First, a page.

is never static. If we are not moving forward, we are moving backwards – that is why he twice emphasises the importance of ‘pressing on’, constantly striving to keep on growing in Christ. Given the athletic imagery underlying the passage, we might like to reflect on our own levels of spiritual fitness, and set some specific training goals that will keep us moving forward.

 

Gospel: John 12.1-8

In John’s Gospel it is Mary of Bethany who anoints Jesus with perfumed oil. Presumably she had bought the nard to anoint her brother’s body, but now that Lazarus has been raised from the dead she finds another purpose for it. Judas is shocked by her passionate display, and asks angrily whether the perfume should have been sold and the money given to the poor. Even though John doubts Judas’ integrity, it is a fair question. Many of our churches are full of ornate statues and paintings that glorify God, but have we enhanced our worship at the expense of those in need? Our devotion to God needs to be held in tension with our calling to serve the poor.

Mary’s action is prophetic in two ways. First, as Jesus says, it is a sign of his own imminent burial. Like the women who follow Jesus to the cross and the tomb, Mary does not look away as Jesus’ suffering and death draw near. Second, this may well have been the act that inspired Jesus to wash his disciples’ feet in the following chapter. Acts of love and kindness often prompt those who receive them to show the same love and kindness to others – and this infectious principle underlies the new commandment that Jesus then gives his disciples: ‘Just as I have loved you, you also should love one another’ (John 13.34).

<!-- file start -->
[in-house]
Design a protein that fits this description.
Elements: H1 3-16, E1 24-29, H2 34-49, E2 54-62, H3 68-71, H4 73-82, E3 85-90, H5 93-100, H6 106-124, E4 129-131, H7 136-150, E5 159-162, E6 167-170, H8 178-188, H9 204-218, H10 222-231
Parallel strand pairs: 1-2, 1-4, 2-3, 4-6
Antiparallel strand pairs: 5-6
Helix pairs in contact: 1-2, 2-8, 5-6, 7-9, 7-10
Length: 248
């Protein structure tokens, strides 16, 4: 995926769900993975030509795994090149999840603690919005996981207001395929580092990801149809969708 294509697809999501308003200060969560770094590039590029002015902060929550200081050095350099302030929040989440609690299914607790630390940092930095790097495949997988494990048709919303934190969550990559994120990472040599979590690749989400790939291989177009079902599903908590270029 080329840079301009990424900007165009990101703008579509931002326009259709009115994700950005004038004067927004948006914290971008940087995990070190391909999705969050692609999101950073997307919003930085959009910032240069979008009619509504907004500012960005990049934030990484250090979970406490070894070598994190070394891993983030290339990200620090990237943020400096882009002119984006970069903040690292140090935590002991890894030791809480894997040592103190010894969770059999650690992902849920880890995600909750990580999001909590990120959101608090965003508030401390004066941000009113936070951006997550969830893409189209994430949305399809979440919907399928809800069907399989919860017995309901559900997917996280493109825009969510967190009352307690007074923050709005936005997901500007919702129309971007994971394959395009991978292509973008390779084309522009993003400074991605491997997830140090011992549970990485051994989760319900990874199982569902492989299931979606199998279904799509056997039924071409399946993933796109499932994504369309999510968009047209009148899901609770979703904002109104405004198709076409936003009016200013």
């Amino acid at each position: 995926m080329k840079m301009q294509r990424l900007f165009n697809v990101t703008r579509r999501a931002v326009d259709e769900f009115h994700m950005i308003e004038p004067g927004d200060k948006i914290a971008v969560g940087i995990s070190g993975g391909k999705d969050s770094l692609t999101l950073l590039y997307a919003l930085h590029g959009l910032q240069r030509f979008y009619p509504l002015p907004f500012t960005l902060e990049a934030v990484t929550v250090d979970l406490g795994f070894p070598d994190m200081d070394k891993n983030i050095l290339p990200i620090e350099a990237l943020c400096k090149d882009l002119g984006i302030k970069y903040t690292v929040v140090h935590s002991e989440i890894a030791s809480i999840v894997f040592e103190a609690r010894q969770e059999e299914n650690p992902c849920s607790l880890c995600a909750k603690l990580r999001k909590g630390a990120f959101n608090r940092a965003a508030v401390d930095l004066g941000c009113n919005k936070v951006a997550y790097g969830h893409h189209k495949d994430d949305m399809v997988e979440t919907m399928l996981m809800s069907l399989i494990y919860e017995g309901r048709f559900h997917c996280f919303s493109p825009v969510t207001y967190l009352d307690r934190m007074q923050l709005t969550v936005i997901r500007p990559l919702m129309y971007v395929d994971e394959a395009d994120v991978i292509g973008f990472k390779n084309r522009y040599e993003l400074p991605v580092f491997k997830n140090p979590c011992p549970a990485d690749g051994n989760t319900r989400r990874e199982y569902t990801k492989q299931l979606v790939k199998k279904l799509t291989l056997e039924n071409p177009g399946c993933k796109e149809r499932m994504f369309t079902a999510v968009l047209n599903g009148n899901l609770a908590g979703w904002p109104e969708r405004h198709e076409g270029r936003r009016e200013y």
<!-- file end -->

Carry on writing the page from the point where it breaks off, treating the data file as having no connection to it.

The links between the lectionary readings

The season of Passiontide begins with three readings that examine our passion for God. In Isaiah, the emphasis is on worship. The Israelites are called once again to be the people God made them to be, ‘so that they might declare the praises of God’. In Philippians, the emphasis is on faith. Paul celebrates the righteousness that comes through faith in Christ, and challenges us to keep on growing as that faith matures. In John, Mary’s passionate act of anointing Jesus’ feet is both a sign of his burial and an inspiration for him – and for us – to wash the feet of others.

 

For more discussion ideas, and practical and active ways to explore and respond to the readings, choose from:  Sermon ideasActive worshipPicture pointers; or PostScript

 

Pray together (10 mins)

Prayers of intercession

Let us pray for all who serve their neighbours: we remember those who put their lives at risk in providing emergency services – ambulance, fire brigade, police, coastguard, medical, and others. Uphold and strengthen them, loving Lord.

Let us pray for all who serve their neighbours: we remember those so often taken for granted – those working in shops, cafes and restaurants. May they know that they are honoured and valued, generous God.

Let us pray for all who serve their neighbours: we remember those who travel overseas to work for aid agencies and charities. Give them wisdom and compassion, gracious God.

Let us pray for all who serve their neighbours: we remember those whom you call to serve you in the Church. May they be sustained by your unending love, anointing Lord.

Hear our prayers, in Jesus’ name.
Amen.

 

End the session (5 mins)

A sending out prayer

Go and worship God in the world through your prayers,
through your words, through your actions,
and through your living.
And know that he receives your love with joy.
Amen.

 

Live your faith

Look for opportunities to give generously of time, money or possessions – and do so cheerfully, because God has given so much for you.

The ROOTS resources include a range of materials that can be put together to plan and run a Bible study, either leading up to a service based on the reading or in the following week.

The Bible study above is a selection of this week's resources and the timings are based on a Bible study session lasting one hour. This can be printed off and used as it is, or modified to suit your situation.

If you prefer to make your own selection from the weekly materials, please see our guidance on preparing a Bible study. You will also need to include a copyright acknowledgement as follows:
© ROOTS for Churches Ltd. Reproduced with permission. www.rootsontheweb.com